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Fast fashion is a form of cheap clothing retail which involves the mass production of usually low-quality clothes manufactured in developing countries.

Therefore in order to satisfy the insatiable appetites of consumers, some clothing retailers have turned to fast fashion to help boost revenue and appease customers' cravings for buying new items of clothing. 


The fashion industry no longer works on a system of either two or four seasons, with one collection released each season. Many shops are now churning out new collections every month or even every week!

So, continue reading to discover six reasons why giving up on fast fashion could be good for the world (and your bank account).

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1. Environment

One of the main concerns with fast fashion is the amount of damage it does to our natural environment. From the pollution caused by chemical run-off into the water system to the CO2 emitted into the atmosphere from the transportation of products around the world.

Above all checkout Stacey Dooley’s documentary about the environmental dangers of fast fashion to learn more.


2. Human rights

Fast fashion companies sell clothes for exceptionally low prices. A T-shirt for £3? A blazer jacket for £10? What about six pairs of socks for £1? Sounds good, but have you ever wondered how companies can afford to do this? Unfortunately, the answer is that they pay their workers very little money.

They get away with this because they often outsource the manufacturing process to countries with no minimum wage and minimal workplace safety rules or trade unions.

For fast fashion to be profitable, companies will continue to do this unless consumers start shopping elsewhere.


3. Waste

The overproduction of clothes based on short-term trends is one of the leading reasons that clothing waste is contributing to the over-filling of landfill sites.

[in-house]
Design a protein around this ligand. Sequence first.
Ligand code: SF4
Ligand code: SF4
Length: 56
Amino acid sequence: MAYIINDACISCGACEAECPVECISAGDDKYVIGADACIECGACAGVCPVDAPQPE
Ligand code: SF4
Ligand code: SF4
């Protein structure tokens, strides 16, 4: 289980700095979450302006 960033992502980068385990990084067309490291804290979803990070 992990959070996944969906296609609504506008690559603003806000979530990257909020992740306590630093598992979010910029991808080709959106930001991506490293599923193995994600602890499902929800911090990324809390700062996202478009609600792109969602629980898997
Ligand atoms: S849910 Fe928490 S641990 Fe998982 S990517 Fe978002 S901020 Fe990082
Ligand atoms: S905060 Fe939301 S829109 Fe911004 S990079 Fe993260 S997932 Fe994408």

With 300,000 tonnes of used clothing being dumped every year in the UK alone, there has never been a better time to create a more sustainable fashion industry.

Brands like ASOS are already making changes; 70% of the clothes sold on ASOS Marketplace are vintage or pre-worn items.

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4. Quality

Providing monthly or fortnightly clothing collections is not easy, so corners are typically cut in the manufacturing and sewing process.

This means that the £3 T-Shirt you purchased last week, might only last you a couple of wears before it starts falling apart in the washing machine.

While paying a bit more money for better quality clothing might not seem like a good idea – the items will probably last you longer, which leads nicely on to the next reason why you should ditch fast fashion.


5. Style

Fast fashion normally appeals to the lowest common denominator, i.e. what the majority of people will like. This means that fast-fashion retailers tend to choose trendy designs which have instant appeal to the masses.

The problem with this approach is that the clothes are usually only trendy for a very short period of time before they begin to look a bit tacky.

If you are a fan of fast fashion, you will probably be familiar with the embarrassment of turning up to an event wearing the same outfit as at least one other person.

So, why not stick to slower fashion by supporting smaller and independent businesses which will have you standing out from the crowd for all the right reasons!


6. Budget

Buying cheap clothes creates a vicious circle, whereby you have to keep purchasing fast fashion because your clothes fall apart and become unwearable within a super short amount of time.

Spending slightly more money on fashion by purchasing from non-fast fashion retailers will help to ensure that the clothes you do buy can be enjoyed all season and even all year round.

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What're you doing to improve your Fast Fshion foot print?

xo, Jenny



P.s don't forget to shop this outfit below (turn off adblock to see exact items).


*This was a Contributed Post, read more in my disclaimer here.



  1. Anika says:

    Great points, love that you’re sharing and raising more awareness for this! It’s so important! One thing I try to do is shop locally with smaller boutiques and independent shops, and use way more charity shops.

    Anika | thebibliofleur.com

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Scottish Fashion, Style and Luxury Beauty by Jenny

With a love for minimal, sustainable pieces. Finalist in the UK Blog Awards & Company Magazine Award.